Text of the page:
Thursday, February 18, 2010


MARK’S ARTICLE – February 18, 2010
“Body Language”

There’s a directory going around that lists the names and e-mail addresses of people who write for newspapers and such. There’s bound to be, ‘cause I keep getting a bunch of press releases concerning everything from a Minneapolis museum opening to the invention of a spit-driven pepper mill. Why else would I get stuff like that?

There is going to be a D-Cinema Festival in Kawaguchi, Japan this July. Thought I’d share that with you. I know what “cinema” and “festival” mean. I assume the person who forwarded this to me thought I knew what the “D” meant. We all know what can happen when you assume.

Due to a proposed video project, I’ve started eating out with Montgomery County’s restaurant reviewer Brad Meyer. You might’ve noticed. Since then, I’ve been getting press releases from all over the place about culinary happenings. Did you know there’s a Culinary World Summit in Halifax coming up? Someone thought I should be aware of it. Someone who doesn’t have the foggiest of what an unsophisticated goober I am.

That said, if Brad can get someone to pay my way, I’ll be there. Don’t care if he goes or not. I’ll take notes and let him write the thing up.

Fortunately, not everything I’ve received has been useless info. The whole intro has just been a buildup for the book I just bought on Amazon. Seems I got a press release from Gregory Hartley’s agent. I had never heard of him either. The release mentioned a book he had written with the help of a Maryann Karinch (no idea.) titled “The Body Language Handbook: How to read everyone’s hidden thoughts and intentions.”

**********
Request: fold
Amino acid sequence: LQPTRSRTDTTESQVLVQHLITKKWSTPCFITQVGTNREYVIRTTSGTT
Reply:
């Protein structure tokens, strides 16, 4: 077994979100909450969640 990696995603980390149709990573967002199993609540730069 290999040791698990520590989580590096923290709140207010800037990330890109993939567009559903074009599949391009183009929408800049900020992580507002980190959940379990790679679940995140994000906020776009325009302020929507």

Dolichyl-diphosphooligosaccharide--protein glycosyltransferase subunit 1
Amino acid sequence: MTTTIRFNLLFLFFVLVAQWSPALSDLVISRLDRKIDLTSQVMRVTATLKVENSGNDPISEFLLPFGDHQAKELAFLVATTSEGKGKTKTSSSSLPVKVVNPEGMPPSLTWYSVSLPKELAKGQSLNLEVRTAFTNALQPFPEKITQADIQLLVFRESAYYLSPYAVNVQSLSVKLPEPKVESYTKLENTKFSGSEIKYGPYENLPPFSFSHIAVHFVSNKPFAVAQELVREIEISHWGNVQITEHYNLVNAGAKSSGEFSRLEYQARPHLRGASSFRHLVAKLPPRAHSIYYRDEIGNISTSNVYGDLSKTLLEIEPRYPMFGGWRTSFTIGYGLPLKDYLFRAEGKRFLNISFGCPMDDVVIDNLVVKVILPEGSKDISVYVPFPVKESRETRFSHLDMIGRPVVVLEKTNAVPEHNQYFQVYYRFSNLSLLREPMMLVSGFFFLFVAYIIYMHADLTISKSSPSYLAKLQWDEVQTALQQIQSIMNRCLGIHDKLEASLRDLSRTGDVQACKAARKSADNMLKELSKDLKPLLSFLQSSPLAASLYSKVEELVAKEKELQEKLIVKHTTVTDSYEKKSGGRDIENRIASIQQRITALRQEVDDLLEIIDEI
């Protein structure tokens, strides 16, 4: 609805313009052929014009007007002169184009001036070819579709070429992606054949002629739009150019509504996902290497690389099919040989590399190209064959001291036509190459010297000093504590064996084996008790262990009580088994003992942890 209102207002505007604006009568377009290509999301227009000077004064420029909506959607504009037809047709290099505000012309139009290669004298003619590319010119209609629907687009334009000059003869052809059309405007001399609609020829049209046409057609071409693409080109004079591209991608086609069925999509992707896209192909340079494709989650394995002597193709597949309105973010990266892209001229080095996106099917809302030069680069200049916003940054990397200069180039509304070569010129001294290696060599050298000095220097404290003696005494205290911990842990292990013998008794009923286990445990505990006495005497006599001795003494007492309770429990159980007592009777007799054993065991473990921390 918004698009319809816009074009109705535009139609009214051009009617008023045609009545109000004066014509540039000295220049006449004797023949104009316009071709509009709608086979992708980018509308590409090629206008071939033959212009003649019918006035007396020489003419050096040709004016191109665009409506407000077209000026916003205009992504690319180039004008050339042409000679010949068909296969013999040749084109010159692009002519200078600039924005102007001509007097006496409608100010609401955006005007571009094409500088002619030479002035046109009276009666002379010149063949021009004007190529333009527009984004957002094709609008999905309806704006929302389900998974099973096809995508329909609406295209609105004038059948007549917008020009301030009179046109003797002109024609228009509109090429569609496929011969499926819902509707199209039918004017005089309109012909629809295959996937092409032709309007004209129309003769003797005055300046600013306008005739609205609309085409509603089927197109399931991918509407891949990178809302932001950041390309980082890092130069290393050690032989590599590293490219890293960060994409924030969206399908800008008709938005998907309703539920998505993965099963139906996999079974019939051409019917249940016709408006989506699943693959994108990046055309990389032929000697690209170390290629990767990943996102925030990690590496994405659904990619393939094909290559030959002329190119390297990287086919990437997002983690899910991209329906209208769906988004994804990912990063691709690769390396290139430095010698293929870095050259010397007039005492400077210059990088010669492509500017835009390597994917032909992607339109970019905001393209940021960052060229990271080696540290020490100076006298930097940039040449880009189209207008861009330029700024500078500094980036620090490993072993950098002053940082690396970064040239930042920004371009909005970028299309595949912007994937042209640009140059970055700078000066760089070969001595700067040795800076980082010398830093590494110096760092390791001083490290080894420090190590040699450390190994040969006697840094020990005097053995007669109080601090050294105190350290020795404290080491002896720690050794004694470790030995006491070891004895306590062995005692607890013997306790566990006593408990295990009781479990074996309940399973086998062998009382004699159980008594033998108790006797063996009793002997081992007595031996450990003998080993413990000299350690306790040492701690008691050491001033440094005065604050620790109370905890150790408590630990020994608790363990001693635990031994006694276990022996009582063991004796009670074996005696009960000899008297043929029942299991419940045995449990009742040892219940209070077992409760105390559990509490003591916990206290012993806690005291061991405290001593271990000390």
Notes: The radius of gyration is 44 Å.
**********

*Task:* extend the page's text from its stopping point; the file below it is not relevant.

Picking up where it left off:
The e-mail encouraged me to call Greg and interview him about his book. While in the U.S. army, the guy apparently taught a course in interrogation and resistance to interrogation. I e-mailed back that I’d like to have Greg appear on a Rooftop episode with Big Al and me. His agent responded that Greg lives in Atlanta. I took that to mean that I’d hafta fly his buns out here and put him up somewhere. If I don’t have money to get myself to Halifax, I’m sure not gonna fly Greg over for a visit. Read this body language.